Fear and Loathing on the Car Lot

Robert Farago
by Robert Farago
fear and loathing on the car lot

How do you sell a car? You'd think that all the major carmakers would have an established sales methodology by now. After all, every McDonald's sells its products in the exact same way, and they don't do too badly. Shouldn't companies selling automobiles have a prescribed system for sales interaction, from the moment a customer enters the fishbowl to the moment the saleman seals the deal? Wouldn't that make sense?

Oh wait. The manufacturers do have systems– it's just that no one uses them. Despite their ceaseless attempts to introduce a measure of science and civility to the automotive sales process, car salesmen still make it up as they go along. Sure, the guys and gals working the showroom floor feed the corporate maw the requisite paperwork, pretending to adhere to company policy. In reality, they pay no more attention to their erstwhile sales structure than they do to GQ's Fall Fashion issue.

Quite simply, car salesmen don't like being told how to sell a car. It's not just a question of dominance: "we who grapple with rejection on a daily basis know more about car sales than you who make your living by getting us to role-play our dumb-as-toast customers". Nor is it a matter of willful ignorance: dumb-as-toast salesmen refusing to wrestle with difficult psychological concepts. It's a simple issue of efficacy. Their sales training doesn't work.

It's true. Theoretically, there's nothing wrong with the dozens of variations on the venerable "Qualify, Present, Close"– even when they come wrapped up in the latest psycho-babble. But when salesmen try to put the new techniques into practice, they invariably deliver the same, seemingly random percentage of ITABs (I'll Take a Brochure). Understandably, the sales force loses faith with the system, and goes straight back to their old, "intuitive" non-methodologies.

The fault for this lamentable state of affairs does NOT lie with the brave men and women on the front lines, or the captains of commerce who send them into battle. No, the blame lies with the sales psychologists who devise the sales systems in the first place. Ask one of these stat-friendly intellectuals why a customer buys a car. They'll claim there's no one answer; there are dozens of customer types, all with their own set of evolving motivations. In other words, they don't know.

Well I do. That's right, I'll give it to you straight. Customers buy a new/used car for one simple reason: their old car sucks. They hit the dealer floor when they finally decide that their current whip is too old, too slow, too unreliable, too small, too low class, too something to hang onto.

It may seem like a piercing glimpse into the obvious, but this analysis highlights a fundamental gap between the customer's psychology and the salesman's. Again, the vast majority of customers buy a new car because they no longer want the one they have. By contrast, people in the car biz buy a new car/house/boat/wife because they want the BBD (Bigger, Better Deal). It's maintenance vs. aspiration. Security vs. status. Risk vs. ambition.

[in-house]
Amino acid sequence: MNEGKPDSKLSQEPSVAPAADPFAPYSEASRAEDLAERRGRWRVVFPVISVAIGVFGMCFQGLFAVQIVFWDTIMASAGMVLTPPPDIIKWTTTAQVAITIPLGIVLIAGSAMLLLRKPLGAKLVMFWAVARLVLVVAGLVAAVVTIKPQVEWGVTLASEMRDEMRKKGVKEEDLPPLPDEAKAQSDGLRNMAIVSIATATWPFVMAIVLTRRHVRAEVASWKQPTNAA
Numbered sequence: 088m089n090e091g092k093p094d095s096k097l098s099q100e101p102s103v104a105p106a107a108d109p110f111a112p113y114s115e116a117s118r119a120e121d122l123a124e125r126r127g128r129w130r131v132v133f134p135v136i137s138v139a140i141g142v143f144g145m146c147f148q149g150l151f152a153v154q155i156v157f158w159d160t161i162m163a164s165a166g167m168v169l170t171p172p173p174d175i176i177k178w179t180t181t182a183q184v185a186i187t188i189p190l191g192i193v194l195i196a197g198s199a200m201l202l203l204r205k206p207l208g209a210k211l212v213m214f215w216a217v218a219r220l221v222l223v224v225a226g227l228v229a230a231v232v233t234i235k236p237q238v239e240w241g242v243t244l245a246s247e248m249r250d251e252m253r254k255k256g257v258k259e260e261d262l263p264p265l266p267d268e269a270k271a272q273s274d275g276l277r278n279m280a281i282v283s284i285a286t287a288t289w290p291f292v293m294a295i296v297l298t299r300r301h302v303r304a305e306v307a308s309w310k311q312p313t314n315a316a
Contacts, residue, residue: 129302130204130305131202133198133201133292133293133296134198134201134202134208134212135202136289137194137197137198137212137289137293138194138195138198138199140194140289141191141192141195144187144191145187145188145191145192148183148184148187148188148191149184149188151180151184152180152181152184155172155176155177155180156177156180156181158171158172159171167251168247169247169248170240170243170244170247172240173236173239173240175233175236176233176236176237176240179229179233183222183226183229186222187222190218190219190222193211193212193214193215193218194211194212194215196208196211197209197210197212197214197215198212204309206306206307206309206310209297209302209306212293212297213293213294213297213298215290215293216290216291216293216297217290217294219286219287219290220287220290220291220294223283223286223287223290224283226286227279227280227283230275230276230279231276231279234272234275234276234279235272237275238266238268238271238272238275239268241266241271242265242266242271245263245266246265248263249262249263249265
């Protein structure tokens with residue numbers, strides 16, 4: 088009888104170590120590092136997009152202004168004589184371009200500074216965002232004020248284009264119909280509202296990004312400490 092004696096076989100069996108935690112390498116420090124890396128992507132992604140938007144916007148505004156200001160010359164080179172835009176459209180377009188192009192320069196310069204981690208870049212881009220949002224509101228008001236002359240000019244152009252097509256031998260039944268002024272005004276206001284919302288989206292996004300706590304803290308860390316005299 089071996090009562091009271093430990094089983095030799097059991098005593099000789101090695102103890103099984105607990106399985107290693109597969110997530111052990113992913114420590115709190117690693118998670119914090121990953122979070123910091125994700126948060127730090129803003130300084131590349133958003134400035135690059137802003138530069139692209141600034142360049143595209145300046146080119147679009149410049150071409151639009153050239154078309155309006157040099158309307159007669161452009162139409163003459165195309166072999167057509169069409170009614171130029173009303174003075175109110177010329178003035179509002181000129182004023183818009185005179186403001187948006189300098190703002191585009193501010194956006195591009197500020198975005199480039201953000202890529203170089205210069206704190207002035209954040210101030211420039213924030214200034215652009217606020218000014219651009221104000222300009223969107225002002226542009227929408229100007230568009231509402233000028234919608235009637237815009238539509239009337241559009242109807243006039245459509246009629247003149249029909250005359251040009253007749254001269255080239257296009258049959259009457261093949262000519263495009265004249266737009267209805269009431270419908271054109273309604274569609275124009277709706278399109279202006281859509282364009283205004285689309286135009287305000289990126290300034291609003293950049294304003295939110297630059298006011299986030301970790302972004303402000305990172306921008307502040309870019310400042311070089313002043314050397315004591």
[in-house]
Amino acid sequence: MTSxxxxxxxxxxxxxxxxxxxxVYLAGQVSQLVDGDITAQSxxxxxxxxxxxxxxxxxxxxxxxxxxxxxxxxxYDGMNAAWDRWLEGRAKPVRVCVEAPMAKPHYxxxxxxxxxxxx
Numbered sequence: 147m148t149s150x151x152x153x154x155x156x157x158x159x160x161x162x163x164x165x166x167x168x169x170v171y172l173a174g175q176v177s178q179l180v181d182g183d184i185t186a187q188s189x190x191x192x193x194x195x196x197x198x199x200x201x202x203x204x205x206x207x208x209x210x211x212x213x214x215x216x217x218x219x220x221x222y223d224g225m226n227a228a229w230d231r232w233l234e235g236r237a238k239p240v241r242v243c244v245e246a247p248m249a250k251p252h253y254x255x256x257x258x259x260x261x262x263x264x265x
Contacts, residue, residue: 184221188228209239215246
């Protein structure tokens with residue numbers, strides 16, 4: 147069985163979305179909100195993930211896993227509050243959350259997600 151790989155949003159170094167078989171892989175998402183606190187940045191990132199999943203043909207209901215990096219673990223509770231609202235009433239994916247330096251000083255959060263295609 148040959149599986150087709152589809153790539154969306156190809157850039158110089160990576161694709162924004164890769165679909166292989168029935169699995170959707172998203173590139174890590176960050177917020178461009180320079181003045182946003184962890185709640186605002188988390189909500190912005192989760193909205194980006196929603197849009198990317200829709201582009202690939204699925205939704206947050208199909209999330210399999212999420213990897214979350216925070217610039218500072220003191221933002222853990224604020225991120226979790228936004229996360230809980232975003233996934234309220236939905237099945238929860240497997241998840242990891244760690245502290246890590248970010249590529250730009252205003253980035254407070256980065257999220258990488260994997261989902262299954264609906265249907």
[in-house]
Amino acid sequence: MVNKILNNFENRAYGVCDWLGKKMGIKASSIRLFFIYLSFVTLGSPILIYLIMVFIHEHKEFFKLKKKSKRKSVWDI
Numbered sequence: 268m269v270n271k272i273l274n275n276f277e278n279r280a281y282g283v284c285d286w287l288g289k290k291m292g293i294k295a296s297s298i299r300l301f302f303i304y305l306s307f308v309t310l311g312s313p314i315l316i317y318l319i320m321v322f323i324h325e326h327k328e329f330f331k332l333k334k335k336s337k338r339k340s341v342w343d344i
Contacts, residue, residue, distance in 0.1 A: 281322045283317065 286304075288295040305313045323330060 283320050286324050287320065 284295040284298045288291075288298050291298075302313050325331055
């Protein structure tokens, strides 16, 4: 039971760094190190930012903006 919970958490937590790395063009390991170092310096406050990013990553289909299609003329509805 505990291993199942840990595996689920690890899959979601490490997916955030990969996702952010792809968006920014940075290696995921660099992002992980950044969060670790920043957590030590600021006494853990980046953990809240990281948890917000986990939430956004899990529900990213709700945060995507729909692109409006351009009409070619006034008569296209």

A customer whose wants to change vehicles without losing what he already has meets a salesman who's convinced that everyone wants, no NEEDS, a better car. Instead of talking about reassuring similarities, the salesman bangs on about radical differences. The customer becomes frightened and confused. They try to block out the salesman's blather and reassure themselves that the new car will be at least as good as the old one. In fact, most people end up buy a new car despite the salesman, not because of him.

Psychologists and their armies of sales trainers have singularly failed to appreciate this rift. Their elaborate sales systems and training programs don't accommodate, reflect or exploit the automotive customers' underlying, over-riding fear of loss. Salesmen realize that they're on a different planet than their customers, but no one has told them how to come down to earth with their buyers. No one has told them how to sell a car.

So this is how you do it: Reaffirm the customer's suspicion/conclusion that his or her current car is crap, find out what they originally liked about it, show him or her how the new car is just as good as the old one once was, and then ask for the sale. It sounds simple, maybe even simplistic, but then so did the idea of selling a hamburger every ten seconds.

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 1 comment
  • Sherman Lin Sherman Lin on Apr 25, 2007

    I don't know. I mean the fact that I am on the lot means I aleady acknowledge my current ride sucks but I generally don't need convincing on the new ride. Its the I don't want get ripped off motiff that is my concern.

  • Chuck Norton And guys are having wide spread issues with the 10 speed transmission with the HP numbers out of the factory......
  • Zerofoo "Hyundais just got better and better during the 1990s, though, and memories of those shoddy Excels faded."Never. A friend had an early 90s Hyundai Excel as his college beater. One day he decided that the last tank of gas he bought was worth more than the car. He drove it to empty and then he and his fraternity brothers pushed it into the woods and left it there.
  • Kwik_Shift There are no new Renegades for sale within my geographic circle of up to 85 kms. Looks like the artificial shortage game. They bring one in, 10 buyers line up for it, $10,000 over MSRP. Yeah. Like with a lot of new cars.
  • Ribbedroof In Oklahoma, no less!
  • Ribbedroof Have one in the shop for minor front collision repairs right now,I've seen more of these in the comments than in the 30 years I've been in collision repair.